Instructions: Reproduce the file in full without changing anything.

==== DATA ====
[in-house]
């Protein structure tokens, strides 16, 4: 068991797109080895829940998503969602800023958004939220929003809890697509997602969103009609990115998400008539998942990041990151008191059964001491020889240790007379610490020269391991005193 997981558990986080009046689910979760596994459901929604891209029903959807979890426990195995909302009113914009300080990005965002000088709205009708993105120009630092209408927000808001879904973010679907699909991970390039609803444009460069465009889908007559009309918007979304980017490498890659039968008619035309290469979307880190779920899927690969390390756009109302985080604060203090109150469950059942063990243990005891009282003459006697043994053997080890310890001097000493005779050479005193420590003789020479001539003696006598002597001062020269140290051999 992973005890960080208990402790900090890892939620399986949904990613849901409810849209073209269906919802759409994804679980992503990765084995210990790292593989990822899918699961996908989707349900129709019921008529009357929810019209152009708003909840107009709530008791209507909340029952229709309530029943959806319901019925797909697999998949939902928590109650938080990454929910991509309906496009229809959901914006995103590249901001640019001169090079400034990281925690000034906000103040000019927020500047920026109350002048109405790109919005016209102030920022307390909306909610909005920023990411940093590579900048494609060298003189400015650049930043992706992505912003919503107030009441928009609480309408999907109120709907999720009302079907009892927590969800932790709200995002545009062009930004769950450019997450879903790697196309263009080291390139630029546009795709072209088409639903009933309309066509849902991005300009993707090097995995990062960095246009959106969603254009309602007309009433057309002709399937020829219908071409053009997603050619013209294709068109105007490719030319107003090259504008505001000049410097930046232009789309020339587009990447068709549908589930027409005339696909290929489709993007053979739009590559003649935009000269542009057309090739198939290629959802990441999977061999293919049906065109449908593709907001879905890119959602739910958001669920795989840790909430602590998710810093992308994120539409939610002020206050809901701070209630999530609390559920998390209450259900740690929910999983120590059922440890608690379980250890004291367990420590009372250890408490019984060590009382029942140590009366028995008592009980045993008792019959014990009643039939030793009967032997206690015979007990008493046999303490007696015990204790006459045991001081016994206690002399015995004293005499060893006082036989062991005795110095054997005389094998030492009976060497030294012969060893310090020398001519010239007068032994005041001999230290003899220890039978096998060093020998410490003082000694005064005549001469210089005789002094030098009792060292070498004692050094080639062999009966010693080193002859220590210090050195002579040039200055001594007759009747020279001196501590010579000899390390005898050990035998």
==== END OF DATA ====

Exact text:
[in-house]
């Protein structure tokens, strides 16, 4: 068991797109080895829940998503969602800023958004939220929003809890697509997602969103009609990115998400008539998942990041990151008191059964001491020889240790007379610490020269391991005193 997981558990986080009046689910979760596994459901929604891209029903959807979890426990195995909302009113914009300080990005965002000088709205009708993105120009630092209408927000808001879904973010679907699909991970390039609803444009460069465009889908007559009309918007979304980017490498890659039968008619035309290469979307880190779920899927690969390390756009109302985080604060203090109150469950059942063990243990005891009282003459006697043994053997080890310890001097000493005779050479005193420590003789020479001539003696006598002597001062020269140290051999 992973005890960080208990402790900090890892939620399986949904990613849901409810849209073209269906919802759409994804679980992503990765084995210990790292593989990822899918699961996908989707349900129709019921008529009357929810019209152009708003909840107009709530008791209507909340029952229709309530029943959806319901019925797909697999998949939902928590109650938080990454929910991509309906496009229809959901914006995103590249901001640019001169090079400034990281925690000034906000103040000019927020500047920026109350002048109405790109919005016209102030920022307390909306909610909005920023990411940093590579900048494609060298003189400015650049930043992706992505912003919503107030009441928009609480309408999907109120709907999720009302079907009892927590969800932790709200995002545009062009930004769950450019997450879903790697196309263009080291390139630029546009795709072209088409639903009933309309066509849902991005300009993707090097995995990062960095246009959106969603254009309602007309009433057309002709399937020829219908071409053009997603050619013209294709068109105007490719030319107003090259504008505001000049410097930046232009789309020339587009990447068709549908589930027409005339696909290929489709993007053979739009590559003649935009000269542009057309090739198939290629959802990441999977061999293919049906065109449908593709907001879905890119959602739910958001669920795989840790909430602590998710810093992308994120539409939610002020206050809901701070209630999530609390559920998390209450259900740690929910999983120590059922440890608690379980250890004291367990420590009372250890408490019984060590009382029942140590009366028995008592009980045993008792019959014990009643039939030793009967032997206690015979007990008493046999303490007696015990204790006459045991001081016994206690002399015995004293005499060893006082036989062991005795110095054997005389094998030492009976060497030294012969060893310090020398001519010239007068032994005041001999230290003899220890039978096998060093020998410490003082000694005064005549001469210089005789002094030098009792060292070498004692050094080639062999009966010693080193002859220590210090050195002579040039200055001594007759009747020279001196501590010579000899390390005898050990035998």